My question is about the squat. My own technique in the squat is to move the hips straight up and down. To be more exact - I move the seatbones down between my heels/midfoot and then drive my seatbones straight up. I feel that this way I can control my hips from moving backwards during the ascent. Is this wrong? Should I press away the floor with my heels instead?

Thank you in advance! Best Wishes!

Greg Says
: This is essentially correct. The idea is to squat up and down while maintaining as upright of a trunk as possible and also being balanced over the feet. You will not be able to move the hips in a direct vertical line—they will need to move backward somewhat to get around the knees, then move back in as you settle into the bottom position. How much of an arc the must move through will depend mainly on the build of the athlete’s legs. Again, though, the goal is simply to minimize that backward movement and squat as directly down and up as possible.

For most people, the pressure on the foot will shift forward somewhat in the very bottom of the squat. This is not necessarily a problem—it should never be significantly more on the balls of the foot than the heel, but a balance across the foot is fine rather than having a majority of pressure on the heels. As you stand, however, you do want to shift the weight back more toward the heels. Again, this doesn’t mean entirely on the heels, it just means more on the heels than balls of the feet.

Mike Asks:
Hi guys, hope you're doing well. Quick question, I'm wondering if I can reach my goals of snatching 137.5kgs and C&J 170kgs by following the workout posted on the home page everyday.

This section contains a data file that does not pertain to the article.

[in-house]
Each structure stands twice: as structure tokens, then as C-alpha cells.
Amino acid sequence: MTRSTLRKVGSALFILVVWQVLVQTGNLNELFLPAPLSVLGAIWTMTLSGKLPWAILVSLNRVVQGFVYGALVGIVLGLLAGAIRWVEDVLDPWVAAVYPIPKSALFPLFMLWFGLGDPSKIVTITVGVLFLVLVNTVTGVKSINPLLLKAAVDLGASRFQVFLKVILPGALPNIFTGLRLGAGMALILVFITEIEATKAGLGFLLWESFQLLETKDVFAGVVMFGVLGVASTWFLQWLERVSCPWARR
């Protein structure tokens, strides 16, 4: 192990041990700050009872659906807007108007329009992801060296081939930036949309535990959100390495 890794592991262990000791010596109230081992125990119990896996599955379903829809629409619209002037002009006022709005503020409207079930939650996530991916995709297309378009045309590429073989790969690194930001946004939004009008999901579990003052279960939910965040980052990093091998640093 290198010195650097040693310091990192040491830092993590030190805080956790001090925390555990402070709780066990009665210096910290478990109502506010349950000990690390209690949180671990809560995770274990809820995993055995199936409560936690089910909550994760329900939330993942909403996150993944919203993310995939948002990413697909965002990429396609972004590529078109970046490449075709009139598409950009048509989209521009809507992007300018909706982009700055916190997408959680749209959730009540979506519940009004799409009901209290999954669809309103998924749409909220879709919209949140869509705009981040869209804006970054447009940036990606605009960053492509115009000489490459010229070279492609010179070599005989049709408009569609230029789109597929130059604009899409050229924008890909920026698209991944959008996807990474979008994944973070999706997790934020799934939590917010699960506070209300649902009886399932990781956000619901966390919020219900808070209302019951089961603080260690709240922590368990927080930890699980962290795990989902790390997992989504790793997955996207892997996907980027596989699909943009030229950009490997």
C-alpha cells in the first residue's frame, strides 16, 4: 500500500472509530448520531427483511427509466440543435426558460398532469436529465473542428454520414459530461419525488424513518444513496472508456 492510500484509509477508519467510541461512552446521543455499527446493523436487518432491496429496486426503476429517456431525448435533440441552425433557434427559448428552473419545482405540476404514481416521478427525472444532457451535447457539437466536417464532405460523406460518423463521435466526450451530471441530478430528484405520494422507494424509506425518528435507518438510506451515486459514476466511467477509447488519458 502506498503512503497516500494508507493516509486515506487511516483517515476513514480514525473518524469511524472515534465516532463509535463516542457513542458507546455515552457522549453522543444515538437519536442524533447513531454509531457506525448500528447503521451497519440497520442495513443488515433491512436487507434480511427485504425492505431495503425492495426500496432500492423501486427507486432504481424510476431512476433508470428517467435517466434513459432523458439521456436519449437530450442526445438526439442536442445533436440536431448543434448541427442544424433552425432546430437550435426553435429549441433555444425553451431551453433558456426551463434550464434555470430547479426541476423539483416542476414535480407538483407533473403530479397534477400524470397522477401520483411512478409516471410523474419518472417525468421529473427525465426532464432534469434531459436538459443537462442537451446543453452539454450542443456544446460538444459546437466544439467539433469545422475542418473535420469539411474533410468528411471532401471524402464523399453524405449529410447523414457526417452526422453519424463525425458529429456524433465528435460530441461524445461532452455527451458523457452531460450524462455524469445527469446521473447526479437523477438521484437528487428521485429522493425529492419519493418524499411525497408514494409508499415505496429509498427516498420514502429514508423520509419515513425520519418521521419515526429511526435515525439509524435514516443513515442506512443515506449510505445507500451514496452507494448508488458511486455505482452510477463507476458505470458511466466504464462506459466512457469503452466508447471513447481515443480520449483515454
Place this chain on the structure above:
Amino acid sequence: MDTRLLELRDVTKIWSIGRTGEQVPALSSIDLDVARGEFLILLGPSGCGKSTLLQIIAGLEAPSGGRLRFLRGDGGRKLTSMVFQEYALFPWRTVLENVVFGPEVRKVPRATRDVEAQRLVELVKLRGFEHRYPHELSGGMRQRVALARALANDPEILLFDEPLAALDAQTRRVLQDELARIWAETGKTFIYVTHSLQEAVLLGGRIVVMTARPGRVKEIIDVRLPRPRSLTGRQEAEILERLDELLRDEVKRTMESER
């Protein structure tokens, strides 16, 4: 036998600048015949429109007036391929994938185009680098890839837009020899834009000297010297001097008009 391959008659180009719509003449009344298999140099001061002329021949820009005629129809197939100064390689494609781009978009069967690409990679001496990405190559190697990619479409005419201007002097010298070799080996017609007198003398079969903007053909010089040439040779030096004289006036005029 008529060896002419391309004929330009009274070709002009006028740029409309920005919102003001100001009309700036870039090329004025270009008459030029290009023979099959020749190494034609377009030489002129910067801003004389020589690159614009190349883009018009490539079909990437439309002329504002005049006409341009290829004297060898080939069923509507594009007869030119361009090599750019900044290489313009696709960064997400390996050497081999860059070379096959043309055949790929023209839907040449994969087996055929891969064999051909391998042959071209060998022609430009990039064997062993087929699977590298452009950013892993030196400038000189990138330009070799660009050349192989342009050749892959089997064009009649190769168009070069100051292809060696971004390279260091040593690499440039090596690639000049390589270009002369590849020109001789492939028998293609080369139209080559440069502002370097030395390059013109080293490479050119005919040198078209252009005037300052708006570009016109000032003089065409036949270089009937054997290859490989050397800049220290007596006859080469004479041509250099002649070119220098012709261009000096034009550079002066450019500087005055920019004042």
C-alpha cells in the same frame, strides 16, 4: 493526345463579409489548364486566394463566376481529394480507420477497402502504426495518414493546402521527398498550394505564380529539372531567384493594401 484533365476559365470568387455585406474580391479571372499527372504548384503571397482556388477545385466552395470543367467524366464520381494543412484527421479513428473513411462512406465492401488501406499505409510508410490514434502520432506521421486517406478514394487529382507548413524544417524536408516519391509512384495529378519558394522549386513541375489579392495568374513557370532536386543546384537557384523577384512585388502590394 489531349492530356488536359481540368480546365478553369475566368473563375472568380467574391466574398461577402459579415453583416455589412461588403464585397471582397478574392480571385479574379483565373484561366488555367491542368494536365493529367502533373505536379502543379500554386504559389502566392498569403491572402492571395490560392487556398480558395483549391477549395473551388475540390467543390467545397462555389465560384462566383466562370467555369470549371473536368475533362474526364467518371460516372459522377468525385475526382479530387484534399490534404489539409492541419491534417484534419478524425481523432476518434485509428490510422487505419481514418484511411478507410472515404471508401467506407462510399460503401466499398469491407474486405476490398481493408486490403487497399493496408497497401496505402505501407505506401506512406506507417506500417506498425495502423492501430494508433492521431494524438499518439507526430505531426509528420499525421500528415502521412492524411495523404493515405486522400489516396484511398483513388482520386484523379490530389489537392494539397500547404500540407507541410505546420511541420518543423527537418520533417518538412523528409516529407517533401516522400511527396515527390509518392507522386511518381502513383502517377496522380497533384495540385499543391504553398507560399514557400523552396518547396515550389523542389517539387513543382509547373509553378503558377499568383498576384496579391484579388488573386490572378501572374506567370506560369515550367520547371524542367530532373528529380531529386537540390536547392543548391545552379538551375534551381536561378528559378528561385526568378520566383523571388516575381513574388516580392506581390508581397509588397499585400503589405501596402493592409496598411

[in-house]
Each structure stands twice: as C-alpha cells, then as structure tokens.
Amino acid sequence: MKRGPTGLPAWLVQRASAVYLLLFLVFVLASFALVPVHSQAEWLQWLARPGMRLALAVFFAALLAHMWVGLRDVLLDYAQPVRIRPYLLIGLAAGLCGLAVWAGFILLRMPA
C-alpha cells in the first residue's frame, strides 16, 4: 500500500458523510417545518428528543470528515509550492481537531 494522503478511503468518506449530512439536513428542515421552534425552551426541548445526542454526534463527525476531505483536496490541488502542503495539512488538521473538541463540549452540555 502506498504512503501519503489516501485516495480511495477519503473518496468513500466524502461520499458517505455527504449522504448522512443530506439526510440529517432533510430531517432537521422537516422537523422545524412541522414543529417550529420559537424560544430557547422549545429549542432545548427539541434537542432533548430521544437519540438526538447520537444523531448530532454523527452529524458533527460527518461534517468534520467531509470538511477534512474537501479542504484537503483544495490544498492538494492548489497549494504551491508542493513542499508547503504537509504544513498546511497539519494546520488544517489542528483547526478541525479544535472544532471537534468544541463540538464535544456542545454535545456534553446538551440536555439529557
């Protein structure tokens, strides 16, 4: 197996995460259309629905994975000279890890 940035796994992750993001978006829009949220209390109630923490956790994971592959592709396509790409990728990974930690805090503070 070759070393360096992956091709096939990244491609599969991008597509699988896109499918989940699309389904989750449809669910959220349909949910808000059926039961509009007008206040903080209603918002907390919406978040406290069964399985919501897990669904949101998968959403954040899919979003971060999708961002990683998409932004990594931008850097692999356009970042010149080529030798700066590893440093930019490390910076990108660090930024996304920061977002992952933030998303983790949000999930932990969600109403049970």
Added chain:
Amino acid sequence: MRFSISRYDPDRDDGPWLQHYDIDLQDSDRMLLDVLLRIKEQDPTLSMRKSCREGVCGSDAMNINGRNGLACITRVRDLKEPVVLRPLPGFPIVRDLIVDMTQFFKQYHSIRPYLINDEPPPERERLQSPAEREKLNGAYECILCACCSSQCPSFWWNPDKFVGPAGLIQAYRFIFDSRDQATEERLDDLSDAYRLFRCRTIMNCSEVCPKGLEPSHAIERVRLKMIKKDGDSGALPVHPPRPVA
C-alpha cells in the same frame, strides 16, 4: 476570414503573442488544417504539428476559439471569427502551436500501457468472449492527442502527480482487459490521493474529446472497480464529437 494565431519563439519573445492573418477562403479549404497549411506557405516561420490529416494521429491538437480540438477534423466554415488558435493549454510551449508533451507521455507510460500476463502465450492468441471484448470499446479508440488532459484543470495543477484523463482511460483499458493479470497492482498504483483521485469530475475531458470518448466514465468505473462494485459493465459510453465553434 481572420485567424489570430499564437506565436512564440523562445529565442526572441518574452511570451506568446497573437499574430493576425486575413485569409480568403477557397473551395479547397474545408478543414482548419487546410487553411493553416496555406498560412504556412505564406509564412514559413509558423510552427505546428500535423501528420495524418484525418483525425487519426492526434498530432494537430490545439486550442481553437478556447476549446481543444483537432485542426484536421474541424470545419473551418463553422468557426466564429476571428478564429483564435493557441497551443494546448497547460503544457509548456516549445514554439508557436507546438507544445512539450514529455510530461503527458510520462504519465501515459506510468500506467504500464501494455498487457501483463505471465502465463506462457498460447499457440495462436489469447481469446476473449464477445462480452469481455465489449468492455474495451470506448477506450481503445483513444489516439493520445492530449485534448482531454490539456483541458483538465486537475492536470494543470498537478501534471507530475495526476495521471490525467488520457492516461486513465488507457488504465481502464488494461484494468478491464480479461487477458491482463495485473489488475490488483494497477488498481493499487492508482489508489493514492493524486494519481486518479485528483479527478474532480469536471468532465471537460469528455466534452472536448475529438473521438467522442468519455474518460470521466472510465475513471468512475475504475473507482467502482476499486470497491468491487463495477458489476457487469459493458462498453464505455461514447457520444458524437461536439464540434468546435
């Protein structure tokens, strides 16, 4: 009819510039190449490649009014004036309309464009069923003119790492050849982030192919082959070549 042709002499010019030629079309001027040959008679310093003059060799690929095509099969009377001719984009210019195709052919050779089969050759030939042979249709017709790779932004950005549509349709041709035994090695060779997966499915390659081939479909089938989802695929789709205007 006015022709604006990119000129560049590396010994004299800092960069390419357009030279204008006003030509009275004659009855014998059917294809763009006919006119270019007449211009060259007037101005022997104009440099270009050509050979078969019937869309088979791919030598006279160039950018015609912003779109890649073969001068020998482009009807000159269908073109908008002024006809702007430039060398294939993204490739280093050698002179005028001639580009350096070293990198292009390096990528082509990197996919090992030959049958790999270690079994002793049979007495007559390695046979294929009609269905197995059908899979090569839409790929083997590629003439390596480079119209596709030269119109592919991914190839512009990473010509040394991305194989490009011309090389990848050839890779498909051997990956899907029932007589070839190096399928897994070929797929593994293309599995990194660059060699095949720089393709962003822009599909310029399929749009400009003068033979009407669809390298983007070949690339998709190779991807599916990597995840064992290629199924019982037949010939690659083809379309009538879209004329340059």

Currently do 114/130, work full time, 34 y/o and 94kg lifter. Aside from minor individual tweaks and adjustments, I'm worried that I need more specialized programming, but don't have a coach.

Greg Says: Those are some serious lifts and would place you near the top of national competitions. To make those, you will need to really dedicate yourself to not only training, but also recovery. Being 34 years old and working full time are not conducive to this goal. Without knowing more about you, I can’t say if it’s possible or how long it would take if it is.

My suggestion would be to start setting some short-term goals first and knock those out along the way. Having such a huge, long-term goal can be really daunting and frustrating as your short-term progress will be fractions of these numbers.

To answer your actual question, it’s possible the workouts I post could get you there. However, you’ve set some very ambitious goals, beyond what many lifters will ever achieve. That being the case, a coach is very important. Programs are just guides—a coach needs to constantly adjust for each athlete to ensure effectiveness. You may be able to do this on your own, but it’s difficult. So do what you can to find a coach, even if it’s one you can just consult with periodically if you can’t actually train daily with him or her. Having the outside perspective of someone else and the wisdom of an experienced coach will make reaching your goals far more likely.